BunchOfFriendsJS is an intentionally insecure social network to teach web security.
I recently redesigned and reimplemented the system for Node.js, based on an earlier version designed for Java EE.
It is designed to have many of the OWASP Top 10 vulnerabilities.
To run BunchOfFriendsJS:
npx bjau/bunchoffriendsjsand open your browser to http://localhost:3000/ (the
npxcommand will automatically download and run a temporary version)
The source is available on GitHub.
npx bjau/bunchoffriendsjs --port 4000 to specify a different port (i.e., port 4000 in this case).
Security: The application is insecure. For safety, it will bind only to the loopback interface 127.0.0.1. To bind to all interfaces (0.0.0.0) and allow remote access, use
npx bjau/bunchoffriendsjs --public to launch the web application.
Purpose: I created the system while teaching a subject on advanced internet programming. It is intended to help teach a security mindset. Feel free to use it for any purpose. However, you should not deploy it on a publicly accessible server because it is so insecure.
License: Feel free to use it however you wish - it is under a Creative Commons Zero / Public Domain license.
BunchOfFriendsJS is an alternative to the OWASP WebGoat project. WebGoat is tutorial oriented: it is a set of guided exercises. In contrast, BunchOfFriends is an ordinary application that is full of security holes.
BunchOfFriendsJS can be used to re-create something like the “Samy” MySpace worm. You can create a profile that virally becomes friends with anybody who sees the profile name.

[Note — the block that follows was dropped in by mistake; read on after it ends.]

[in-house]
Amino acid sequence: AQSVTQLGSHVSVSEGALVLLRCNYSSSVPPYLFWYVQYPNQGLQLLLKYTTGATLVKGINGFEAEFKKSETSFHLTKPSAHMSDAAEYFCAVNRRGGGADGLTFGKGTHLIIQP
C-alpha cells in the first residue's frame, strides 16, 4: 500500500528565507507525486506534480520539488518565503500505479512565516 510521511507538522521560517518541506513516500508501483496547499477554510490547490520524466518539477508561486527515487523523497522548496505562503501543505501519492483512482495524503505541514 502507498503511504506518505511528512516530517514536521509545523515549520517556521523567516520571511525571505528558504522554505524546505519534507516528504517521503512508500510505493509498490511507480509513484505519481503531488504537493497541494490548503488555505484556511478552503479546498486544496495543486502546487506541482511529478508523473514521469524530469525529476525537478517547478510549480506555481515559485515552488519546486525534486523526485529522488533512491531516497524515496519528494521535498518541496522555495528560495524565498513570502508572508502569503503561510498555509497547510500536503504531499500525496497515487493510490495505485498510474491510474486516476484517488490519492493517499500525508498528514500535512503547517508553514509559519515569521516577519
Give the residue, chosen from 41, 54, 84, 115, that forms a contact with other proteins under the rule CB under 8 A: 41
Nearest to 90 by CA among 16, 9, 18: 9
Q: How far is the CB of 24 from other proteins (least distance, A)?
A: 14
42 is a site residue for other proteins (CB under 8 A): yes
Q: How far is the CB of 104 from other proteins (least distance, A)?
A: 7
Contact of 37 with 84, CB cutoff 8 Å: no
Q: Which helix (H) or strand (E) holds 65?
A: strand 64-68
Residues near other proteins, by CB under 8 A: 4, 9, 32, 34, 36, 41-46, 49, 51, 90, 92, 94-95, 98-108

In the following is a discussion of how the OWASP Top 10 vulnerabilities relate to the application.
SQL queries are not properly escaped. You can use SQL injection to log in without a valid password.
Sessions are generated with predictable identifiers and stored in insecure cookies.
The database stores passwords in plain-text. Username/passwords can be read from the admin zone and are not hashed.
The application does not process XML so this vulnerability is not applicable.
Pages for authenticated users are not properly secured. You can view the posts of a user, without logging in.
Error messages reveal internal SQL queries.
No sandboxing is used to protect the server's filesystem from SQL advanced queries that read/write CSV.
Almost all user input is untrusted. Untrusted code can be injected into any page.
The application does not serialize/deserialize data so this vulnerability is not applicable.
The application makes use of the in-memory AlaSQL database. This database is not designed for untrusted use. In fact, it is possible to modify the local filesystem with carefully crafted queries.
The application does not log any access so there is no record of any incident.
The application is vulnerable to URL editing. You can view the posts of somebody who is not a friend, without “friending” them.
The application has an admin zone that has not been properly secured.
The application is vulnerable to cross-site request forgery: you can create a third-party website that will automatically cause logged in users to add a friend.
The application does use a redirect (when liking a post) that can be abused to redirect to a phishing site.
Published 12 September 2020 by Benjamin Johnston.